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For Buffalo Wild Wings, sales miss was something it couldn't afford

The Exchange

Buffalo Wild Wings (BWLD) saw its shares slump Wednesday as a slight revenue shortfall created jitters about growth, underlining the notion that even a minor misstep by a company whose stock doubled last year could derail the restaurant chain's momentum.

In recent trading, Buffalo Wild Wings was down 10.4% to $126.12 on four times the normal daily volume. The drop was a notable one for the shares, which have experienced only 13 double-digit percentage declines since their late 2003 initial public offering.

Much of what was contained in the Minneapolis-based company's earnings report posted Tuesday afternoon was perfectly fine, and little was said on a subsequent conference call (full transcript is available here) to suggest its expansion or business plans are being pared. Earnings, in fact, are projected to grow 20% this year. But revenue for the fourth quarter was light, totaling $341.5 million vs. the $347.1 million analysts expected. Although the profit of $1.10 a share was better than the consensus forecast by 4 cents, and same-store sales climbed 5.2%, topping the projection of 4.2%, that wasn't enough.

To their credit, management didn't blame the horrors of icy weather for being shy on the top line. However, no matter the reason, the revenue miss was enough to send traders who'd enjoyed last year's gigantic gain to safer ground. In 2013, Buffalo Wild Wings soared 102.1%, a performance that effectively doubled what was a hot industry the restaurant stocks. Of the 37 names we tracked last year, they averaged a jump of more than 50%, well ahead of the S&P 500's 29% advance.

In a recent profile of what was working for Buffalo Wild Wings, we noted it might have entered a place where any mistake could be met with a harsh response. That appears to be the case today. Some of the air had already been let out of the price after it hit a record high of $152.53 last November, though it's continued to drift lower and sits 17% below there with the post-earnings selloff.

That stockholders would hit the sell button here probably shouldn't be a surprise. Right before the quarterly report, the next-12-months multiple was above 29, surpassing the 21.9 average of the past five years, FactSet data show. It's been elevated for some time. For the technically inclined, the 200-day moving average is around $117, at which point it still would have a forward price-to-earnings ratio of 24.4, exceeding the norm.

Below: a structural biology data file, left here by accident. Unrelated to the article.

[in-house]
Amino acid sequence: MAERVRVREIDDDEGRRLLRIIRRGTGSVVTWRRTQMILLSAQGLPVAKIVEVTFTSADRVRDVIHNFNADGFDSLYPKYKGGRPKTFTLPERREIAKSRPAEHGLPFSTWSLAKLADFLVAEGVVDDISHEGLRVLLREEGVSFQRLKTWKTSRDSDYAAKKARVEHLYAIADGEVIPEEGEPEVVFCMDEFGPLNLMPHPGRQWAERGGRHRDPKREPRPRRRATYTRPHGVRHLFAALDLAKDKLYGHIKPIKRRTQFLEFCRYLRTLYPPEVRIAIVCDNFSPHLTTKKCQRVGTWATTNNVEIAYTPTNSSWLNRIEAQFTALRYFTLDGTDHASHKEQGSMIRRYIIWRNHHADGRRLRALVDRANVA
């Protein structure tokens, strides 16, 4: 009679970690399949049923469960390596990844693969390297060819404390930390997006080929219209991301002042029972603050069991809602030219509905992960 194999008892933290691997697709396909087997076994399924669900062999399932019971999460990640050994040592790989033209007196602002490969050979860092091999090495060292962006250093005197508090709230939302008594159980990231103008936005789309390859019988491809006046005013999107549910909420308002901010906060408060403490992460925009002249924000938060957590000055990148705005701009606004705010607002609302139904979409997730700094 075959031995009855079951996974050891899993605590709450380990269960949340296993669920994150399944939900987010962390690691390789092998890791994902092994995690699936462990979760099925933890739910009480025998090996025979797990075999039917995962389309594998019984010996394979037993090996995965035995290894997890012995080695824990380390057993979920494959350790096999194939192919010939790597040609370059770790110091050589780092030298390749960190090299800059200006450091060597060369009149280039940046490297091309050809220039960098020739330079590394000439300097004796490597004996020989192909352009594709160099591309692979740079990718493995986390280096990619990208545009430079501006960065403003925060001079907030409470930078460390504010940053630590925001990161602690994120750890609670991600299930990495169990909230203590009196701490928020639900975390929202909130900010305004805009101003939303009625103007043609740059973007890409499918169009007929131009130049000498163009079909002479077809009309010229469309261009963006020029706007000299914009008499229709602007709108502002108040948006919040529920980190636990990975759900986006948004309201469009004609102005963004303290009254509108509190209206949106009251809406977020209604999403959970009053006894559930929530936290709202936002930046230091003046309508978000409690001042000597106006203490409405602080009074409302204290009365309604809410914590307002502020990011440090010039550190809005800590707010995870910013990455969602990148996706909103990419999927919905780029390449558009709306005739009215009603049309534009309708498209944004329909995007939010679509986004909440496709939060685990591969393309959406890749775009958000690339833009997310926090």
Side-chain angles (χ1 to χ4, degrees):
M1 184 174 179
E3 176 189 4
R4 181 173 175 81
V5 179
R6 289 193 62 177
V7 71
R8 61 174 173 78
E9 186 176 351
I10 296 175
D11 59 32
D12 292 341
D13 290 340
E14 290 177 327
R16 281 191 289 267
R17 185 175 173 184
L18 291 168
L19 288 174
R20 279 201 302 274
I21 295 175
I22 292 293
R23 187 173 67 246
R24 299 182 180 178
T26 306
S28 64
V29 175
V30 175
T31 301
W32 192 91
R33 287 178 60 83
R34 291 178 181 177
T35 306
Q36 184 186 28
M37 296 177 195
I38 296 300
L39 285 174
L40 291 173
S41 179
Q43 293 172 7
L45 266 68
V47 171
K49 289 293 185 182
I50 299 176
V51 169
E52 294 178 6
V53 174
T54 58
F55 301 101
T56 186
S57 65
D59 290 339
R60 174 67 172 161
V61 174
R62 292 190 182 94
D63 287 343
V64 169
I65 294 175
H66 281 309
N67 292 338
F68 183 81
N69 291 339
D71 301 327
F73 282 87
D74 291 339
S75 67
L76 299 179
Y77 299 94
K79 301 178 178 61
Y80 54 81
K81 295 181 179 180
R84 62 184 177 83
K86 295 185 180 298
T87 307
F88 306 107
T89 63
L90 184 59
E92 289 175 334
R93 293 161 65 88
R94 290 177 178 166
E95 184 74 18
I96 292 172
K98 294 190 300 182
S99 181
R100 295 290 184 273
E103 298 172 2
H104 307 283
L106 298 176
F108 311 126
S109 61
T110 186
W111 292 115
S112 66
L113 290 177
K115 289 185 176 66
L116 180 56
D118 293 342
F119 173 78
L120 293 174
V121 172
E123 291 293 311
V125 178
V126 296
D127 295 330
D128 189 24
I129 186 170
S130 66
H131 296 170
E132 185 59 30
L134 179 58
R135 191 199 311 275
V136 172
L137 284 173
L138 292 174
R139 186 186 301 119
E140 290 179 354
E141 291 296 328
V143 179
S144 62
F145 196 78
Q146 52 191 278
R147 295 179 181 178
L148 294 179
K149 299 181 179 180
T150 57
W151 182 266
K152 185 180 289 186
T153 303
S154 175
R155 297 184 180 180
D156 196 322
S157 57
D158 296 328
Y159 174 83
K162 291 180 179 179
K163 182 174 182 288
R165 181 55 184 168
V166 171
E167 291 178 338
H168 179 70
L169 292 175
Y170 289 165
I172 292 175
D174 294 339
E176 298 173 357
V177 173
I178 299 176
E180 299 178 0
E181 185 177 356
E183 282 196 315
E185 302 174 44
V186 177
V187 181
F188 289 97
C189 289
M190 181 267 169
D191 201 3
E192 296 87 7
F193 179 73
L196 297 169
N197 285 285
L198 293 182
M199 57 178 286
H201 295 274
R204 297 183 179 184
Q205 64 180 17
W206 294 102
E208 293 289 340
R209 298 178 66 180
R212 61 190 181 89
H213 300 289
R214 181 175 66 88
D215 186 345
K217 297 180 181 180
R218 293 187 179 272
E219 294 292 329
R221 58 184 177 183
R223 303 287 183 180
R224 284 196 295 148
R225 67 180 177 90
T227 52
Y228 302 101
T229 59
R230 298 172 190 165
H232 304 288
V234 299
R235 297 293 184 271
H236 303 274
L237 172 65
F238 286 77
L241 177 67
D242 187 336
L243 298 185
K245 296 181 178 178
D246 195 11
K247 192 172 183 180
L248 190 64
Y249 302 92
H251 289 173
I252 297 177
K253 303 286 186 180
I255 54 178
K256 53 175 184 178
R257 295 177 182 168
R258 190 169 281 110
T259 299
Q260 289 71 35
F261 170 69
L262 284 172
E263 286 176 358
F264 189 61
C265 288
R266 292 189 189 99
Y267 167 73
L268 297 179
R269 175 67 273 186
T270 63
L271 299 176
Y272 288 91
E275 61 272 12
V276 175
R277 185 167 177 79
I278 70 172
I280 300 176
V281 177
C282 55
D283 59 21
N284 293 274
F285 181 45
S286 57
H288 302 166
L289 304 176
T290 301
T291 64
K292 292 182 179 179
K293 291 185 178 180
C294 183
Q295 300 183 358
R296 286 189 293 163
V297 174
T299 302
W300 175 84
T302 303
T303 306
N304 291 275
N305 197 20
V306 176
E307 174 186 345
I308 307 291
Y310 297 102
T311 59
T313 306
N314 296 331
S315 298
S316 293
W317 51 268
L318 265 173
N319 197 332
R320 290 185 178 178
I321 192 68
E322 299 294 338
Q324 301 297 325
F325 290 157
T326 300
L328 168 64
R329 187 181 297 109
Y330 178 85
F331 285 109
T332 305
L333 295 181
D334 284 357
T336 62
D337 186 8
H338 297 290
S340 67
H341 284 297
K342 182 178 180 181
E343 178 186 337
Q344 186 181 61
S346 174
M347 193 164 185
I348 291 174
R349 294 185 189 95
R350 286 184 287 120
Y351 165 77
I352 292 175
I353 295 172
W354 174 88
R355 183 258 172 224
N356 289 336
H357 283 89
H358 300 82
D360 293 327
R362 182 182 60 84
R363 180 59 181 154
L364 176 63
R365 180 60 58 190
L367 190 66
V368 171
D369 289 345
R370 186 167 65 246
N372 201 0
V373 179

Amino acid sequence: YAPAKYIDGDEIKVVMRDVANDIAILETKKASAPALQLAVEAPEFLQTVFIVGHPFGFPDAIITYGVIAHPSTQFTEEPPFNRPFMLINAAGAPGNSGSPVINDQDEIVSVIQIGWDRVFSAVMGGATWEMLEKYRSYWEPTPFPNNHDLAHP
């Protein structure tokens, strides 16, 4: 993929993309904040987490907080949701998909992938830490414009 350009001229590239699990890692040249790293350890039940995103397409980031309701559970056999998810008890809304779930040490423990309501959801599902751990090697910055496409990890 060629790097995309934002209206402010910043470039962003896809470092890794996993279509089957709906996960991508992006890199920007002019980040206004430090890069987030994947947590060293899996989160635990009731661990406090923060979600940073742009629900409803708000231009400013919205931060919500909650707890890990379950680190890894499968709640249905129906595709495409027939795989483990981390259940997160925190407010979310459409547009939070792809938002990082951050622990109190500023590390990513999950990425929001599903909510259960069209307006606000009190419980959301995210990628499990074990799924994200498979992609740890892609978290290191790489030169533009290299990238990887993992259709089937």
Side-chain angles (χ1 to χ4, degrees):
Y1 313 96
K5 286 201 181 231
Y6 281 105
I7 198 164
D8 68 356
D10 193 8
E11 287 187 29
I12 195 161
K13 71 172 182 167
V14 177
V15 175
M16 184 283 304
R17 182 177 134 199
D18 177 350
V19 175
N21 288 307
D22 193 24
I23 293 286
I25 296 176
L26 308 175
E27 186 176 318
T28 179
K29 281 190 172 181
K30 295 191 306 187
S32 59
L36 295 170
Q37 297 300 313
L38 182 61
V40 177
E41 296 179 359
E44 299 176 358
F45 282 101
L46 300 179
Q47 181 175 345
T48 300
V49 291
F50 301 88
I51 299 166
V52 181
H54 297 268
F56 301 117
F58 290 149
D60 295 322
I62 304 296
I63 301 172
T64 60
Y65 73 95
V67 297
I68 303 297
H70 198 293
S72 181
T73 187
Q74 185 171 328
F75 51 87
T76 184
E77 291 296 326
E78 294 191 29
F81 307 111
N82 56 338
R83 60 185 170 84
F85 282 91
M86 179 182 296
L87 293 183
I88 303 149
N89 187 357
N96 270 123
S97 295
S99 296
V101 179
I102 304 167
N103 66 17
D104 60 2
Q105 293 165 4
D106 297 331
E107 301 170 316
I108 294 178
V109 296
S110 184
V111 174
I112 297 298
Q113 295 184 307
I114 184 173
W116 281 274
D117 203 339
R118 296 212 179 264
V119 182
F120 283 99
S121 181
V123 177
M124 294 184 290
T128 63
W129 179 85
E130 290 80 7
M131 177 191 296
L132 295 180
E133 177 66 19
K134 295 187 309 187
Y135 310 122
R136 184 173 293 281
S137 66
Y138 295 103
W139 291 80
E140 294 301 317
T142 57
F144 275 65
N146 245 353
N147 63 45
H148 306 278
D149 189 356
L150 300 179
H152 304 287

Last year's run-up got an assist from short sellers abandoning their downside bets. As they threw in the towel and sought to buy back the shares they'd already sold, the demand, to some degree, helped the stock stay aloft. While short interest remains 7.2% of the stock's float, the total position has dropped a whopping 64% in the past 11 months.

Fast casual space

One thing the market will have to sort out is whether it wants to view Buffalo Wild Wings as fast casual, casual dining or even something else, because that will have an effect on its valuation. It is a bit of an in-betweener. Whereas it does offer takeout, it's largely a stay-in restaurant with a bar. Alcohol is nearly one-quarter of revenue, and patrons tend to linger to watch sports on the TVs around the shops, rather than make a quick trip in for a rushed meal.

The company is building some cover here. It's already invested in custom pizza seller PizzaRev, and it's angling to take further stakes this year in one or two small operators, perhaps in the casual dining arena. The current crop of casual dining stocks and stores such as Chipotle (CMG) are all the rage, as sit-down chains (think Darden's (DRI) Olive Garden) and fast food operators, like McDonald's (MCD), struggle to keep traffic growing consistently. Guest counts for many of them have flat-lined or even fallen.

For Buffalo Wild Wings, traffic isn't a problem, according to CEO Sally Smith, who says she believes guest counts are staying positive. That's a clear plus in these hyper-competitive times for the restaurants.

"We always look at our same-store sales, and we expect it to outpace our menu price increases," she said. "And we know that's either coming from increased traffic or perhaps a mix, although we don't change up the mix all that much. So it's probably coming from increased traffic. We have very positive same-store sales, and menu price increases have been pretty minimal, so ... that leads me to say that there's traffic [growth]."

That said, more price increases are coming to the menu, executives say. Buffalo Wild Wings isn't exactly a cheap meal as it is, but if it can get more dollars from visitors while boosting traffic, and at the same time benefit from manageable wing prices wings are about 39% of overall revenue it may have an upbeat surprise ahead. The World Cup on tap this summer has the potential to be a nice incremental plus for its numbers.

Of course, if it disappoints again even modestly against the still lofty Wall Street targets, sellers most certainly will be ready.